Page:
It reminds us that even in a situation like theirs, people are still people, and we would inevitably find a new sense of “daily life” even in a setting like this. We wouldn’t suddenly lose our ability to bicker playfully with our friends, or our enjoyment of simple pleasures like swimming or listening to music. We’d still daydream about the house we’d love to live in when we become rich and famous, we’d still want to read and learn, and we’d still love the taste of chocolate.

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Once you settle into Girls’ Last Tour and accept that it’s a quiet, kind post-apocalypse, and that Road Warriors and Super Mutants aren’t about to leap out and harm these kids, watching Chi and Yuu’s routine unfold becomes a fascinating and weirdly soothing activity. What will they discover next, as they trundle around the wasteland? Statues from a now-forgotten religion? A wind farm? A crashed plane? A fish? The series has its darker moments, especially towards the end as the girls encounter less-friendly, weaponised robots and war machines that are implied to have had a hand in destroying the city, but its overall tone is best described as melancholy yet oddly comforting.

The final episode has the girls discovering a way to read the files on their digital camera, thus stumbling across a wealth of footage of ordinary life before the war. It also has them meeting the strange, wise mushroom-shaped creatures who are revealed to be cleansing the city, going around eating leftover weaponry to rid the place of any dangers. When they’re done, they tell Chi and Yuu, they will float away to their next destination, and this part of the earth will finally go dormant, waiting to start all over again. Chi and Yuu are the last humans alive in this corner of the world. It’s a startling, heartbreaking truth to learn, for both the characters and the viewers, especially directly following the moving montage of what life was once like in the desolate place where they now stand—all that vibrancy and variety and hope and life is gone, and this is all that remains.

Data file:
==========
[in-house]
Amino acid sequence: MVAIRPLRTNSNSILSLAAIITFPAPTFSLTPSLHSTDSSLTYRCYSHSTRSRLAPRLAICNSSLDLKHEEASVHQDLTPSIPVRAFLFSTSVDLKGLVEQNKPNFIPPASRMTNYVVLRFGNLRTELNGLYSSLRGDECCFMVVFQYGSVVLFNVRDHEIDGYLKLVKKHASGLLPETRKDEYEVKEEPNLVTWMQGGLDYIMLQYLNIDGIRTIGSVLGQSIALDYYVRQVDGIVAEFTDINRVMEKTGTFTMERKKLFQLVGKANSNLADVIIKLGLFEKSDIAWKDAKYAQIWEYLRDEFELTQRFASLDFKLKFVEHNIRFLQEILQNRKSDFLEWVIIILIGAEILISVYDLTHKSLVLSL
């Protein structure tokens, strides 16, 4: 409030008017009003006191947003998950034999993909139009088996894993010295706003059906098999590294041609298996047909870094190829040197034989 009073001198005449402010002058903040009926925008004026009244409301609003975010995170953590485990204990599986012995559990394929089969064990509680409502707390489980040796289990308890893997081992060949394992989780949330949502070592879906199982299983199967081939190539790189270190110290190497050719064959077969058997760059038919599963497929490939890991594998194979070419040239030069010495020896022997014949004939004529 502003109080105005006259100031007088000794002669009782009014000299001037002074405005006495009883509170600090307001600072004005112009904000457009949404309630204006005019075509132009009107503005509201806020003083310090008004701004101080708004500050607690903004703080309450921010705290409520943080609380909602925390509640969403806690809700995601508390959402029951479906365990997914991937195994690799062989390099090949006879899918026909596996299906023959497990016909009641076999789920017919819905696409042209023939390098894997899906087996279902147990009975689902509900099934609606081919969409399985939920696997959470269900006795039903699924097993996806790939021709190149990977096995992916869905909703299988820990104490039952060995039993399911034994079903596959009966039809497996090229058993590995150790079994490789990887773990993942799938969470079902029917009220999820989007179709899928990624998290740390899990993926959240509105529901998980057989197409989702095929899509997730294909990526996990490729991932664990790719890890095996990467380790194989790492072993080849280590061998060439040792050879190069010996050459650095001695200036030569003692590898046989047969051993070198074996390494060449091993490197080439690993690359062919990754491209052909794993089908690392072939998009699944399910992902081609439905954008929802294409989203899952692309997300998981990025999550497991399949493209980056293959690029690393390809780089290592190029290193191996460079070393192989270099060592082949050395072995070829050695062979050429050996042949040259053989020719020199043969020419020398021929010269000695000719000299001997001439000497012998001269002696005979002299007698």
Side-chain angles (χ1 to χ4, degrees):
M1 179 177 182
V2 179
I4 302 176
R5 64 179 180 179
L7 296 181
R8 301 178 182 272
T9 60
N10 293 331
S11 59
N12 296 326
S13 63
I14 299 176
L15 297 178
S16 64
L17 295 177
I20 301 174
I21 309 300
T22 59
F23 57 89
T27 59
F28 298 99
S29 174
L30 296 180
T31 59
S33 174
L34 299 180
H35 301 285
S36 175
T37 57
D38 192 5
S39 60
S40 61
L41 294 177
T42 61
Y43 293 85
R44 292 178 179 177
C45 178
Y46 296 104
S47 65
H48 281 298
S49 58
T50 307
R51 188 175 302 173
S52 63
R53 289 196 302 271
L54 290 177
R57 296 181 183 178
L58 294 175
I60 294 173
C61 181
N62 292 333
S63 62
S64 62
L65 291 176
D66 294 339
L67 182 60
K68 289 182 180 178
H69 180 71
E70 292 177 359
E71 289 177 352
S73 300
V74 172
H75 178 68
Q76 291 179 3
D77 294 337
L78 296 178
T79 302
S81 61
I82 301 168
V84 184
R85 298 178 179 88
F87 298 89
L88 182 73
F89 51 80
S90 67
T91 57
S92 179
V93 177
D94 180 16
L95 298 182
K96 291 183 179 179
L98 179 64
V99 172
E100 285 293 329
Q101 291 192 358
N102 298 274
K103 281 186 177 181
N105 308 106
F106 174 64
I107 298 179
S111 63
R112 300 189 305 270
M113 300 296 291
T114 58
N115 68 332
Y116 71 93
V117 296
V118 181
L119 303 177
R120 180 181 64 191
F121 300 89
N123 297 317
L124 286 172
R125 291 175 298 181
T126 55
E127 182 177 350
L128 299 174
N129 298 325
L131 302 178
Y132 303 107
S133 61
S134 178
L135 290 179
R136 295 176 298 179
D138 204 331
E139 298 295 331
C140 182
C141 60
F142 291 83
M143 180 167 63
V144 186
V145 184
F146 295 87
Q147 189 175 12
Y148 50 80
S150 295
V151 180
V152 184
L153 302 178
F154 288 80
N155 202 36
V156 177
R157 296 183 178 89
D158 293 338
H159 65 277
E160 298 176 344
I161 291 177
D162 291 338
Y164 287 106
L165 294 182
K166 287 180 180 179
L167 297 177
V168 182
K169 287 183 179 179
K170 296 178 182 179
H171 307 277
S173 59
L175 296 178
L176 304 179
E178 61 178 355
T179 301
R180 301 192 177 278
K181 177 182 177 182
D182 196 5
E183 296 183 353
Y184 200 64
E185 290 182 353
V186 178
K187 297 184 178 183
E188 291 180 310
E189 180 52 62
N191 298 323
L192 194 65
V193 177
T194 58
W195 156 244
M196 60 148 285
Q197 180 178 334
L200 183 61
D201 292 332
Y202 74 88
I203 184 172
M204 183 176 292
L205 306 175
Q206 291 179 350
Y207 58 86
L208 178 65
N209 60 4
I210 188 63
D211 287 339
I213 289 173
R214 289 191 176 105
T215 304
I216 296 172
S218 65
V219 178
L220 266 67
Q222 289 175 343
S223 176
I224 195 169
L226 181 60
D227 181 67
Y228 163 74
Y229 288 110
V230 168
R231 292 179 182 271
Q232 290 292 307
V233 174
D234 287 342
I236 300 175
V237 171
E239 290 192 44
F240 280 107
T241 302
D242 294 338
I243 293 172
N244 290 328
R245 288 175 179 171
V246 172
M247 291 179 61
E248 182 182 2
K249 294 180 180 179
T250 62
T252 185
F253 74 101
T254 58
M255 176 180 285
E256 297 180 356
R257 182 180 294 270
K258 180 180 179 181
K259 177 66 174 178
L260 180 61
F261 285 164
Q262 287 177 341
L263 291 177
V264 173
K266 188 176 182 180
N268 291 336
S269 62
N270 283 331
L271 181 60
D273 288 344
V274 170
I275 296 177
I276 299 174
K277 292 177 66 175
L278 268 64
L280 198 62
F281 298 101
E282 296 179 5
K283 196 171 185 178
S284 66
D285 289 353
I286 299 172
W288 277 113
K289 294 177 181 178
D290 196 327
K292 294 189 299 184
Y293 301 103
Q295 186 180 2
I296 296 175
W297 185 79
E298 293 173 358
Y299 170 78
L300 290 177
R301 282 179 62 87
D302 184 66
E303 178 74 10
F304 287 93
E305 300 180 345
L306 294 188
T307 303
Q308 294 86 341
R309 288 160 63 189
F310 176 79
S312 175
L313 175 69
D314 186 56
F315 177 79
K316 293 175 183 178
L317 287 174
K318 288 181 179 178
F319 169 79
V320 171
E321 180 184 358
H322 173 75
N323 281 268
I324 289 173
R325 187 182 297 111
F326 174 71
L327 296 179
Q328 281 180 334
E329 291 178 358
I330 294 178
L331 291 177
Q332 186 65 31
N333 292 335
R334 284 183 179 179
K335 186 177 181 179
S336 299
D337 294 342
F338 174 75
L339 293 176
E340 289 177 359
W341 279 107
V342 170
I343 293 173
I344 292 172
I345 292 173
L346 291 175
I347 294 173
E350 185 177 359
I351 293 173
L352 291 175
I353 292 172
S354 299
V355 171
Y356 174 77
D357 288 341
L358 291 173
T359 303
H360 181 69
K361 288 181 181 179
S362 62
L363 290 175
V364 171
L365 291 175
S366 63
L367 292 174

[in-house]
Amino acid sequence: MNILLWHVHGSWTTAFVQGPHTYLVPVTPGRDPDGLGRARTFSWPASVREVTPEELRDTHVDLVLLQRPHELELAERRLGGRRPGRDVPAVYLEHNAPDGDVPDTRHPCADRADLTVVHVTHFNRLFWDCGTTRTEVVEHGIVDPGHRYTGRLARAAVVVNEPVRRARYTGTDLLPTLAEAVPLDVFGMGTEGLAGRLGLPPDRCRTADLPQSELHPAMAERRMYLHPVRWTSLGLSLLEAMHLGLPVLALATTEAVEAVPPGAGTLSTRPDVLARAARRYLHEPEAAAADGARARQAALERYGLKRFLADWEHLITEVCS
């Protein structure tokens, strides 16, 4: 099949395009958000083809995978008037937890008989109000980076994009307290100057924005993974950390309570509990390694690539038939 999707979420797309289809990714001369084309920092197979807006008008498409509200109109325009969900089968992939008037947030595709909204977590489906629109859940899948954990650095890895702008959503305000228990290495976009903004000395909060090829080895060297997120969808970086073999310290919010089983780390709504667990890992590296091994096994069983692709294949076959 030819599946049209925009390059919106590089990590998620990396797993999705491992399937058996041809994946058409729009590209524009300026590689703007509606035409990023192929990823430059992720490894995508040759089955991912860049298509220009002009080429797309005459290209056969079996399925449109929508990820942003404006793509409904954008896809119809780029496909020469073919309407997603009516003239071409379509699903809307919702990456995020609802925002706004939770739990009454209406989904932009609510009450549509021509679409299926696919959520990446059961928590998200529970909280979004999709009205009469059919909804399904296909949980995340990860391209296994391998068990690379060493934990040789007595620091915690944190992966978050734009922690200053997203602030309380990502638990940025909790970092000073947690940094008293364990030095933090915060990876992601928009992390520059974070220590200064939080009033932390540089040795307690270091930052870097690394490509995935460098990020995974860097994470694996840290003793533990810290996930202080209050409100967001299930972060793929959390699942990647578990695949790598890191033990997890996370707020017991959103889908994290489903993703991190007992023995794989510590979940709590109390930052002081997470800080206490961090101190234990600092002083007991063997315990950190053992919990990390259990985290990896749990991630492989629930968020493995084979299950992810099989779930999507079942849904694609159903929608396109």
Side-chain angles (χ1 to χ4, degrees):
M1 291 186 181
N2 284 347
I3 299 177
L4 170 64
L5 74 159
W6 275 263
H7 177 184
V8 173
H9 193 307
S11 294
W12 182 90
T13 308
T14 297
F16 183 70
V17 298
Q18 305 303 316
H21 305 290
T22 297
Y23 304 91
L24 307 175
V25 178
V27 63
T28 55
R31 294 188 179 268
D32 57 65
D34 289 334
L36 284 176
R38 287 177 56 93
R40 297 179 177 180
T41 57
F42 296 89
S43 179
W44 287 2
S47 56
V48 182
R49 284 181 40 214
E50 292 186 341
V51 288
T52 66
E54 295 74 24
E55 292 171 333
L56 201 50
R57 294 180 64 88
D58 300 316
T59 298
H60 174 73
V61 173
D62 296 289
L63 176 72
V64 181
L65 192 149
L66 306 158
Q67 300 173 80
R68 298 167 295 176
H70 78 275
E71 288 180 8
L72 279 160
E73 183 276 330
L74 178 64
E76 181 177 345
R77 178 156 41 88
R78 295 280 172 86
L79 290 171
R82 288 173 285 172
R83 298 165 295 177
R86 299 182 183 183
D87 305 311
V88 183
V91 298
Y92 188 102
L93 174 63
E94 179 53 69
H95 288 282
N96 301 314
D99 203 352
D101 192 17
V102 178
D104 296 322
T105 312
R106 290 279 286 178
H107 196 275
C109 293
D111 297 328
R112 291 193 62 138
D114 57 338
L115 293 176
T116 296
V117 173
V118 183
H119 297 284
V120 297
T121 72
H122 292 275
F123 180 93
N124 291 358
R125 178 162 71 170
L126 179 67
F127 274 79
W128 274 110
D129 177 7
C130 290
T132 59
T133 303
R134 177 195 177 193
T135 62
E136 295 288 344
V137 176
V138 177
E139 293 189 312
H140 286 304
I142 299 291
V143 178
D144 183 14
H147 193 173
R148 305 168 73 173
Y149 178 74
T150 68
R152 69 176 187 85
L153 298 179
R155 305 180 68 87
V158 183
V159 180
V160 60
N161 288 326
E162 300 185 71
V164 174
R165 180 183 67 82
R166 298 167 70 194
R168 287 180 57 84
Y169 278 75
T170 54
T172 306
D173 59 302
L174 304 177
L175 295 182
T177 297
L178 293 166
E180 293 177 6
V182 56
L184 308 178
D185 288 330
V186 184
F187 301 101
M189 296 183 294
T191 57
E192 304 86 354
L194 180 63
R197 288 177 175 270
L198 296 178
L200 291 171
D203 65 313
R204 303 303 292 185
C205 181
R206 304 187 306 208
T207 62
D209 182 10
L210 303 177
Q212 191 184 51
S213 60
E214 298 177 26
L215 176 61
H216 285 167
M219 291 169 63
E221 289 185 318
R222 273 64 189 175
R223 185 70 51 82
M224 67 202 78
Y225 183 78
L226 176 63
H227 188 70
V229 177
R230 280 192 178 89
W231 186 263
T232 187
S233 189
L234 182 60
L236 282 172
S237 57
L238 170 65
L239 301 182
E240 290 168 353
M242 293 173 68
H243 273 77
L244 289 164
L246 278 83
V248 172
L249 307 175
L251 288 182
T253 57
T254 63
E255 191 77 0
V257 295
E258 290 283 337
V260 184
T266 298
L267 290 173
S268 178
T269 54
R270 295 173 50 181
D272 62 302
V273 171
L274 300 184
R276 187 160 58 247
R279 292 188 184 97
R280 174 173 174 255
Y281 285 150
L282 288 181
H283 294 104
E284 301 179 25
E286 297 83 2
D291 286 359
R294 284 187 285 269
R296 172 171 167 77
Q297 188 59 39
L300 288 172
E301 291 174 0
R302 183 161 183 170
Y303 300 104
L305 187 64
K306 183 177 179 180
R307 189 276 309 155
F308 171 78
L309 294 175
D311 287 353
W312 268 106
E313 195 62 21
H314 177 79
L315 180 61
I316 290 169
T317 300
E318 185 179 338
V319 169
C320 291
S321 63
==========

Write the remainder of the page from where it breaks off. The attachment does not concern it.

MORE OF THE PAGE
But are they going to let that get them down? No. They refuse to. They have each other, and so it doesn’t matter if they’re the last humans alive. They’re not alone, and even if there’s no one else left to find, they’re going to keep going until there’s nowhere else to go—they even declare that if they hit the highest level of the city and there’s nothing there, they’ll simply head towards the moon next.

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Between this admission from the two friends and the camera footage, I cried my damned eyes out in this episode. But it was a cathartic cry; first in mourning for all the lost life that now only exists on film, and then in happiness when Chi and Yuu set off together still holding onto each other and still holding out hope. The world might technically be ending, but it’s not the end of the world yet, so they’re going to keep going for as long as they can, presumably still making the most out of each day as they have been across the series. It’s a hell of a bittersweet ending, but it was a resonant and powerful one that felt like the natural culmination of the story so far—and naturally enough, the end isn’t framed as an end so much as the beginning of a new chapter.

Whether it’s on a personal scale or a more worldwide one, the message Girls’ Last Tour leaves you with is an important one to hold in your heart, framed through a sci-fi lens but relevant to everyone everywhere: it’s not over ‘til it’s over. Keep going, take care of each other, and find light and joy where you can. I think, for that, this series is going to stick with me for a long time.

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Filed under And I Think That's Neat, Pop Culture Ponderings

4 responses to ““It’s Not Over ‘til it’s Over”: The Post-Apocalyptic Optimism of Girls’ Last Tour